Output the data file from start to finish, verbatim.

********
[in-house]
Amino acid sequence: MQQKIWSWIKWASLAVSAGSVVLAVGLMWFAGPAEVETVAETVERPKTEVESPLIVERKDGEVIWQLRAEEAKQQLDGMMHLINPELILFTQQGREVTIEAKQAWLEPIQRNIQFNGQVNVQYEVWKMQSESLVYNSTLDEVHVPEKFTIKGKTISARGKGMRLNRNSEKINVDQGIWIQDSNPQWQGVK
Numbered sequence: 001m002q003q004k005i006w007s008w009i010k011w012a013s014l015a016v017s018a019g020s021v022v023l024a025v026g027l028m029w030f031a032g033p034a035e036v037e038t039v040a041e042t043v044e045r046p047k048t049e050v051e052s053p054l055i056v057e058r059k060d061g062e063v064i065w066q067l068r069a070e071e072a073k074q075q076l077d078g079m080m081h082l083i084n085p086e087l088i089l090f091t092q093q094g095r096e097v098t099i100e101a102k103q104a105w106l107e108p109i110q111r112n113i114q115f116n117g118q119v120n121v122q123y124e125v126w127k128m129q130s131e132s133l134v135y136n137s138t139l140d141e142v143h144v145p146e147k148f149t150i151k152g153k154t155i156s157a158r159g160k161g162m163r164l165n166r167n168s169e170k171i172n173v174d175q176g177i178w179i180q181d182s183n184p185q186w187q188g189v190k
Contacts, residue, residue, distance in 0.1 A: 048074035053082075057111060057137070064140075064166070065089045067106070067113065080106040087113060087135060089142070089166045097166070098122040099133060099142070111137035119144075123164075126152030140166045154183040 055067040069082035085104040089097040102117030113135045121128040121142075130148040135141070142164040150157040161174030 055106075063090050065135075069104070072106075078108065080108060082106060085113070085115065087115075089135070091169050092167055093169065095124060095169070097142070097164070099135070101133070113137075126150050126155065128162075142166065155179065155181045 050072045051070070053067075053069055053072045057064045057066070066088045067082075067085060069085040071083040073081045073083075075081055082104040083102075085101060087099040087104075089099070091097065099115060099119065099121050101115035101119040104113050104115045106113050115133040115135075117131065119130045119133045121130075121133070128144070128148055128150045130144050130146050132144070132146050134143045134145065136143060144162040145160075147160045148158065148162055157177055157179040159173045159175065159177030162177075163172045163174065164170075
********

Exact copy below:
[in-house]
Amino acid sequence: MQQKIWSWIKWASLAVSAGSVVLAVGLMWFAGPAEVETVAETVERPKTEVESPLIVERKDGEVIWQLRAEEAKQQLDGMMHLINPELILFTQQGREVTIEAKQAWLEPIQRNIQFNGQVNVQYEVWKMQSESLVYNSTLDEVHVPEKFTIKGKTISARGKGMRLNRNSEKINVDQGIWIQDSNPQWQGVK
Numbered sequence: 001m002q003q004k005i006w007s008w009i010k011w012a013s014l015a016v017s018a019g020s021v022v023l024a025v026g027l028m029w030f031a032g033p034a035e036v037e038t039v040a041e042t043v044e045r046p047k048t049e050v051e052s053p054l055i056v057e058r059k060d061g062e063v064i065w066q067l068r069a070e071e072a073k074q075q076l077d078g079m080m081h082l083i084n085p086e087l088i089l090f091t092q093q094g095r096e097v098t099i100e101a102k103q104a105w106l107e108p109i110q111r112n113i114q115f116n117g118q119v120n121v122q123y124e125v126w127k128m129q130s131e132s133l134v135y136n137s138t139l140d141e142v143h144v145p146e147k148f149t150i151k152g153k154t155i156s157a158r159g160k161g162m163r164l165n166r167n168s169e170k171i172n173v174d175q176g177i178w179i180q181d182s183n184p185q186w187q188g189v190k
Contacts, residue, residue, distance in 0.1 A: 048074035053082075057111060057137070064140075064166070065089045067106070067113065080106040087113060087135060089142070089166045097166070098122040099133060099142070111137035119144075123164075126152030140166045154183040 055067040069082035085104040089097040102117030113135045121128040121142075130148040135141070142164040150157040161174030 055106075063090050065135075069104070072106075078108065080108060082106060085113070085115065087115075089135070091169050092167055093169065095124060095169070097142070097164070099135070101133070113137075126150050126155065128162075142166065155179065155181045 050072045051070070053067075053069055053072045057064045057066070066088045067082075067085060069085040071083040073081045073083075075081055082104040083102075085101060087099040087104075089099070091097065099115060099119065099121050101115035101119040104113050104115045106113050115133040115135075117131065119130045119133045121130075121133070128144070128148055128150045130144050130146050132144070132146050134143045134145065136143060144162040145160075147160045148158065148162055157177055157179040159173045159175065159177030162177075163172045163174065164170075